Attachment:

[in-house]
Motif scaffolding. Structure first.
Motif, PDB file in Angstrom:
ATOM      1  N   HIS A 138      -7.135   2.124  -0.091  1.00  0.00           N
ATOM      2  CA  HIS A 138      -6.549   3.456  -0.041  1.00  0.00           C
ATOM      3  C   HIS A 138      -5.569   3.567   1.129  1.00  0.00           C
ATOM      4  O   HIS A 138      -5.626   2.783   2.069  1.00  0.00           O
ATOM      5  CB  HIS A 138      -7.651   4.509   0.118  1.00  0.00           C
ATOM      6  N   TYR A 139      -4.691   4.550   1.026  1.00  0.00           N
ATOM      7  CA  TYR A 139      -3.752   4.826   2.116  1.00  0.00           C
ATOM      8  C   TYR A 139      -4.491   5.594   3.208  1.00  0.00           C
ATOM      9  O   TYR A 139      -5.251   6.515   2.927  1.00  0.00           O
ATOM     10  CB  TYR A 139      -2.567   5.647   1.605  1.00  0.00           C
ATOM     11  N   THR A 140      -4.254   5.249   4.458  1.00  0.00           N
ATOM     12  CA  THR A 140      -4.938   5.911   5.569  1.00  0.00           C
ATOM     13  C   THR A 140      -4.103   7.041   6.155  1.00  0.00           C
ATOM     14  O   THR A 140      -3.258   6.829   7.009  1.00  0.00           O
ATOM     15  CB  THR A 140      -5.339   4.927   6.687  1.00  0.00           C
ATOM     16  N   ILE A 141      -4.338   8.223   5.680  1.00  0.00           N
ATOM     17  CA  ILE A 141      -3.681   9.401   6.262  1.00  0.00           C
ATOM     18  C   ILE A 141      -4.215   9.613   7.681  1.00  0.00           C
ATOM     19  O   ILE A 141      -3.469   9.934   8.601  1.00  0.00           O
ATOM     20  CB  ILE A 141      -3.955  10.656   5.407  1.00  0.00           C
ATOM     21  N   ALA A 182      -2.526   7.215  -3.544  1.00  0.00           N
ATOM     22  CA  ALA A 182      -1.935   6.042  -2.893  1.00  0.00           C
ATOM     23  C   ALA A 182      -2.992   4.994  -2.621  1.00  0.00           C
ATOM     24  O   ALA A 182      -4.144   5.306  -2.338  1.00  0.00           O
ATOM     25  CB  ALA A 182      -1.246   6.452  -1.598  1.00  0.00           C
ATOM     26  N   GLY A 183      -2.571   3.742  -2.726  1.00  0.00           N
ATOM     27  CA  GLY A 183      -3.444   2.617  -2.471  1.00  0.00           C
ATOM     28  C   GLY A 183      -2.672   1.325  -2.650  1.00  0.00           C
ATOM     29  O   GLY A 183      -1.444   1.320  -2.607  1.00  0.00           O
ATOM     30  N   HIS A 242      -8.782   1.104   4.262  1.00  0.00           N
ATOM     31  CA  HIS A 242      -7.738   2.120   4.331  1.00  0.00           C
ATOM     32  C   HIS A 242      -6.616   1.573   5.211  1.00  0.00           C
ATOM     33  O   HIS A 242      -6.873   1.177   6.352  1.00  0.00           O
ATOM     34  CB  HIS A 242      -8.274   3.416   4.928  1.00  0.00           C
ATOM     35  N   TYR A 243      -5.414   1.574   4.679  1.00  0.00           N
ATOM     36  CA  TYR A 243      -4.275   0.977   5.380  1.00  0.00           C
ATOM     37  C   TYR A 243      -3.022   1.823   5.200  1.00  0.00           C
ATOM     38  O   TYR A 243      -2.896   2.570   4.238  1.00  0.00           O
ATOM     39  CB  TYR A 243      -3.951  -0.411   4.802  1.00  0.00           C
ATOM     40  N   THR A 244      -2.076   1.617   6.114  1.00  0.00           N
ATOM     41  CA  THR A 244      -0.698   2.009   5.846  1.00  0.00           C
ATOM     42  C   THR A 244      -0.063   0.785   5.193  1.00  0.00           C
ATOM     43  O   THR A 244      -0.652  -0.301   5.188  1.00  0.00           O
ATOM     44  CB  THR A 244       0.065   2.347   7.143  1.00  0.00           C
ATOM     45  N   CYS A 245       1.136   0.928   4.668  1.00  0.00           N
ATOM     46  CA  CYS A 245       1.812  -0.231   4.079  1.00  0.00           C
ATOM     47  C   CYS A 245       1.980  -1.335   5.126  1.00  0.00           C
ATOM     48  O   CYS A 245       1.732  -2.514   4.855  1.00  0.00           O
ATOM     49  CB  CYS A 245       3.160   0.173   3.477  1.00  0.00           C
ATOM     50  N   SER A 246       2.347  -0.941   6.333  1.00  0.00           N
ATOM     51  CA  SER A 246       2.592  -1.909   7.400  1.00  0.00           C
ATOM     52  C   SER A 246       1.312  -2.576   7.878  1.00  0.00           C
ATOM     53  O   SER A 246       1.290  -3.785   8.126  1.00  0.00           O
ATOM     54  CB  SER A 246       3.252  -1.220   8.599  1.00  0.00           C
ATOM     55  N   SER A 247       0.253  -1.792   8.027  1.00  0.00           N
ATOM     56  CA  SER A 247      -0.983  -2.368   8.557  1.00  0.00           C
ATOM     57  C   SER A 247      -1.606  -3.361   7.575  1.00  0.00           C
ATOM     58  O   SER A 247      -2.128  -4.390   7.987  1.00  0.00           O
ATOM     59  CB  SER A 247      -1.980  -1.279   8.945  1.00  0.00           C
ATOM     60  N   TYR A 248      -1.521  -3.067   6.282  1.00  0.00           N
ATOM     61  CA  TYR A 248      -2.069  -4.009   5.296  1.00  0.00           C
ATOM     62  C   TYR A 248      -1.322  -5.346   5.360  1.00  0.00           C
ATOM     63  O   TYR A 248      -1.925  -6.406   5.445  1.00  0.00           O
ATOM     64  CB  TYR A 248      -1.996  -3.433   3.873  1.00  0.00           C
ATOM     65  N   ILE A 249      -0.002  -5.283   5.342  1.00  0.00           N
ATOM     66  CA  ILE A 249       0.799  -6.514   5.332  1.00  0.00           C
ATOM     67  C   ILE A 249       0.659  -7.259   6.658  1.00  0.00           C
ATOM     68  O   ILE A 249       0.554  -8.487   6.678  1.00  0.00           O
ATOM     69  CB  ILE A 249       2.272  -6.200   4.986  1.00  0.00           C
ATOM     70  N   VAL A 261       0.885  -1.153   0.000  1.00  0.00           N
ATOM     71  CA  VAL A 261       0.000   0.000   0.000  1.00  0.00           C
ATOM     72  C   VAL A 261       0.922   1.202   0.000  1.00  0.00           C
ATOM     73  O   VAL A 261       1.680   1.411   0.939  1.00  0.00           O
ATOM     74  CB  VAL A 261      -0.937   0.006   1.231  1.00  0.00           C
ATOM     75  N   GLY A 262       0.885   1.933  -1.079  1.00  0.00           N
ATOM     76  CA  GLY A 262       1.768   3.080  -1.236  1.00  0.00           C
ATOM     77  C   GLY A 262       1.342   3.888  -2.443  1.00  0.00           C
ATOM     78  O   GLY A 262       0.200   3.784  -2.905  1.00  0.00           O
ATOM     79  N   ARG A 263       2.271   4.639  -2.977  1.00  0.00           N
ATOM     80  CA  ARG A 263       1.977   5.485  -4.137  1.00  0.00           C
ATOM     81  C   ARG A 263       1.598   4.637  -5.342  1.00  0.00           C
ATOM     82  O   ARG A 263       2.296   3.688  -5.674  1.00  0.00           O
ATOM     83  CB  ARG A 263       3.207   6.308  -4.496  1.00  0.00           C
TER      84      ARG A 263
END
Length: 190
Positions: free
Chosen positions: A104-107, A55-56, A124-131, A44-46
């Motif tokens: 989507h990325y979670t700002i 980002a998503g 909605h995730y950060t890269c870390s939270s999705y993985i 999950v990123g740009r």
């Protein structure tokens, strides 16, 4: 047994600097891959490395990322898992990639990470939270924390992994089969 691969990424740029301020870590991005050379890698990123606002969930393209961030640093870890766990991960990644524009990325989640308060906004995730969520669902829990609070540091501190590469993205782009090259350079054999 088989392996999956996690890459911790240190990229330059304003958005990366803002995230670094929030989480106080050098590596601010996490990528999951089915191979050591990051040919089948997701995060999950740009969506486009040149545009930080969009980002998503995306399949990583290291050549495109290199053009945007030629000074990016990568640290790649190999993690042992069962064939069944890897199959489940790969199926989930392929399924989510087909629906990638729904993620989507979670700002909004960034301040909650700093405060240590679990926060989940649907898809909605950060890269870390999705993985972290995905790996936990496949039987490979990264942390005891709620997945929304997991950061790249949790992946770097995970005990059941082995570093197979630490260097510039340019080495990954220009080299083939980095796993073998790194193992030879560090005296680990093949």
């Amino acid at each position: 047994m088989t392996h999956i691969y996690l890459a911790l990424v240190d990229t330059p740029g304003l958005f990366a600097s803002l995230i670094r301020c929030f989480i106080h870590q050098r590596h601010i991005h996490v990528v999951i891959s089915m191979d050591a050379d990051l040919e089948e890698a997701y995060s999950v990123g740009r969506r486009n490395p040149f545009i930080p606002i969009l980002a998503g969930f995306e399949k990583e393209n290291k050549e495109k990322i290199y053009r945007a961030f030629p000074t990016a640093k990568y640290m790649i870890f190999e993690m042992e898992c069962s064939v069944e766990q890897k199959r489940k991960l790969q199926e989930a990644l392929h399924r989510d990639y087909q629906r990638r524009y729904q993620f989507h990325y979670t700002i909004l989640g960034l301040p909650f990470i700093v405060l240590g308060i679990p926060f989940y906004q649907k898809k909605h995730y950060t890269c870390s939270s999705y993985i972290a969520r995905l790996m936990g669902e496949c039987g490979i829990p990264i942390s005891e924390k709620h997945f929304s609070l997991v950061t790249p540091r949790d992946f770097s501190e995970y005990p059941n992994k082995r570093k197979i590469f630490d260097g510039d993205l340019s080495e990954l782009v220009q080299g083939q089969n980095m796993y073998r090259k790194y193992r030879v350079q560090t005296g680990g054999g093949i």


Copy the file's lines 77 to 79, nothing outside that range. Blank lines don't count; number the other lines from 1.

ATOM     74  CB  VAL A 261      -0.937   0.006   1.231  1.00  0.00           C
ATOM     75  N   GLY A 262       0.885   1.933  -1.079  1.00  0.00           N
ATOM     76  CA  GLY A 262       1.768   3.080  -1.236  1.00  0.00           C